Figure 1 presents a challenge for differing between public urban ag, GI, and indoor commercial vertical farming. Consider the three juxtaposed photos of an open urban garden and a container farm (CF). The picture on the left (a) is a typical urban garden. The two other images are vertical farming from the inside of a CF (b), and the outside of a CF (c). According to the EPA and NGICP definitions of GI, only the outdoor ag (a) would be considered as GI. But, during two separate tours of a CF during the summer 2019, I asked each group whether they considered the vertical farming inside the CF (b) as GI? They responded that it was – for sure. But, when the same groups were asked if the outside of a CF (c) was GI, they responded that it was not – at least from what the community could see of the project – just another ugly intermodal shipping container in the urban built environment. No connection to the soil or drainage.
However, consider how the potential yields of produce that greatly differ the open plot urban ag (a) to the CF (b). Although there are no standard plot sizes for urban gardens, a typical size may be about 20’ x 20’ (400sf). In addition, the growing season is not year-round in the open plot (at least in Denver). In comparison, the footprint of a CF is also 400sf, but has a 24/7/365 growing season and grows vertically. Using lettuce as an example crop, each CF can grow as much as 49,000 plants per year – a yield equivalent to about 2 acres of farmland (>87,000sf, over 200 times more produce per unit area), while using at least 95 percent less water. The vast differences in outcomes between open plot and a CF (e.g. aesthetics and community well-being of the open plot vs entrepreneur maximizing yields for specific markets) seem to warrant new classifications in urban ag differentiating public from enterprise.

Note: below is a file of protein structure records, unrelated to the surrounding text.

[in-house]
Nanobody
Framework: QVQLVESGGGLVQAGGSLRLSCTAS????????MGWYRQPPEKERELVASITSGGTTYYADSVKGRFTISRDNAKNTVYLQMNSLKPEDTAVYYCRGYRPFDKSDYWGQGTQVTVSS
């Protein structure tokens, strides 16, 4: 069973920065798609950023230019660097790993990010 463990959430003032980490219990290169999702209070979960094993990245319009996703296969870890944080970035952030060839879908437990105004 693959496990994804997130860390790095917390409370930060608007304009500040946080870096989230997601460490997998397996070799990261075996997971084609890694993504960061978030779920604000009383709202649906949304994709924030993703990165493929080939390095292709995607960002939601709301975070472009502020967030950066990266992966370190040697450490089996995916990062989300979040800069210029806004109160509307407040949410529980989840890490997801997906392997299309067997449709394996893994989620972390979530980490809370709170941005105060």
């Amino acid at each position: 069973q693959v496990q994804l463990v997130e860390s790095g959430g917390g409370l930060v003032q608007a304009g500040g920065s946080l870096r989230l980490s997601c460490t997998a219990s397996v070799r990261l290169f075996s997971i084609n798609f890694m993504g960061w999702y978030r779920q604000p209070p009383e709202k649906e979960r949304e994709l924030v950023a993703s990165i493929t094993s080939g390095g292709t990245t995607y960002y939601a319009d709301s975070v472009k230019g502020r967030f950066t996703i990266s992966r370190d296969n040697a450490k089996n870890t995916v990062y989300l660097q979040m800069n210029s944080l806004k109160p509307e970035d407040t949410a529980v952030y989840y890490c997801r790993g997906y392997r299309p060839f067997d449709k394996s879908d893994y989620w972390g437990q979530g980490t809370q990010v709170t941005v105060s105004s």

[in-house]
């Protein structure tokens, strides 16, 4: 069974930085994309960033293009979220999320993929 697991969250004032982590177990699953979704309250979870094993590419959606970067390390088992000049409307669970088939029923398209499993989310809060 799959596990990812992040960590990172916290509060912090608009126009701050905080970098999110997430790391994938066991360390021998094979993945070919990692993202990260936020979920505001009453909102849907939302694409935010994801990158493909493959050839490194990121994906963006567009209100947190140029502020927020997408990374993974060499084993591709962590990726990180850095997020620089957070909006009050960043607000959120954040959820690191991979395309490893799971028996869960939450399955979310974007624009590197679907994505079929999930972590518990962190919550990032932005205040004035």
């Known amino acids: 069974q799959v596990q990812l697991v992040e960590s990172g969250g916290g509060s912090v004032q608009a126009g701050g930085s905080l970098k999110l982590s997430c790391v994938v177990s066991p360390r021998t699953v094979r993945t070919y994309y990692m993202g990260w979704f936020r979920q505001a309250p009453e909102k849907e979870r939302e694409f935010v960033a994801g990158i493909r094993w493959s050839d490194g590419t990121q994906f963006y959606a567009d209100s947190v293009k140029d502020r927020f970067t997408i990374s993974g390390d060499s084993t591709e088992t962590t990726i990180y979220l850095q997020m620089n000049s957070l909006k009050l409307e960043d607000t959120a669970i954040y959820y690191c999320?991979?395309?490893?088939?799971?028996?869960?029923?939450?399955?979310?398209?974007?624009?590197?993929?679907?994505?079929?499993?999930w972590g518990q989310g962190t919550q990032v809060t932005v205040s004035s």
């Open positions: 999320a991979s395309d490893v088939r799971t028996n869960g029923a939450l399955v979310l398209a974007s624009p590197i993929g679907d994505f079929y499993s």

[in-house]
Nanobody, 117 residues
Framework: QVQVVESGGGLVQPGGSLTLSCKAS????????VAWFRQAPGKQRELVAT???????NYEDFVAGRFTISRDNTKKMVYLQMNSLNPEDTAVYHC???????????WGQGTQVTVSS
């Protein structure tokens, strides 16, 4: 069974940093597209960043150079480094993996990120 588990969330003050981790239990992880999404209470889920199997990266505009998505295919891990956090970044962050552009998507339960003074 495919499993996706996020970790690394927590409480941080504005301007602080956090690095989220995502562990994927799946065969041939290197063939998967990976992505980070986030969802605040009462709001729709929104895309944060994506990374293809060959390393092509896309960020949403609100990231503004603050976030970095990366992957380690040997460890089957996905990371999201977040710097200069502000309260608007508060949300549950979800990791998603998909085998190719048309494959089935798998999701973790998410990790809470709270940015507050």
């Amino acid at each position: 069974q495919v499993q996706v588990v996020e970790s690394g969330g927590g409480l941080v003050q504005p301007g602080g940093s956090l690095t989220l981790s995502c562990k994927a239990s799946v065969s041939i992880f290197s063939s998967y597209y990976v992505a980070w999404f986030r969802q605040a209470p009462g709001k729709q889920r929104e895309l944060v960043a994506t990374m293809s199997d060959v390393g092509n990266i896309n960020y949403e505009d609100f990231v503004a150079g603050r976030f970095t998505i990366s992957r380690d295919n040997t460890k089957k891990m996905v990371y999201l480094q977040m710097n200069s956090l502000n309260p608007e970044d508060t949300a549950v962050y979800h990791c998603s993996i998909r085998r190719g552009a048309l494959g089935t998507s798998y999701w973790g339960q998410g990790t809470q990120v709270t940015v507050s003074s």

And yet, all three images in Figure 1 have a commonality in that they do not actually contribute significantly to carbon mitigation. The energy used in a CF (assuming grid) is likely (this blog is just posing questions) offset by the reduced transportation of farm-to-fork. And for the open plot, unless strict regenerative practices are used, the topsoil carbon oxidizes back into CO2 whenever turned over. Whereas vertical farming generally has no soil at all due to hydroponic or aeroponic practices. And, for both the open plot and vertical farming, although plants absorb carbon while growing using photosynthesis, they also respire the same amount of carbon when consumed. A life-cycle of only a few months.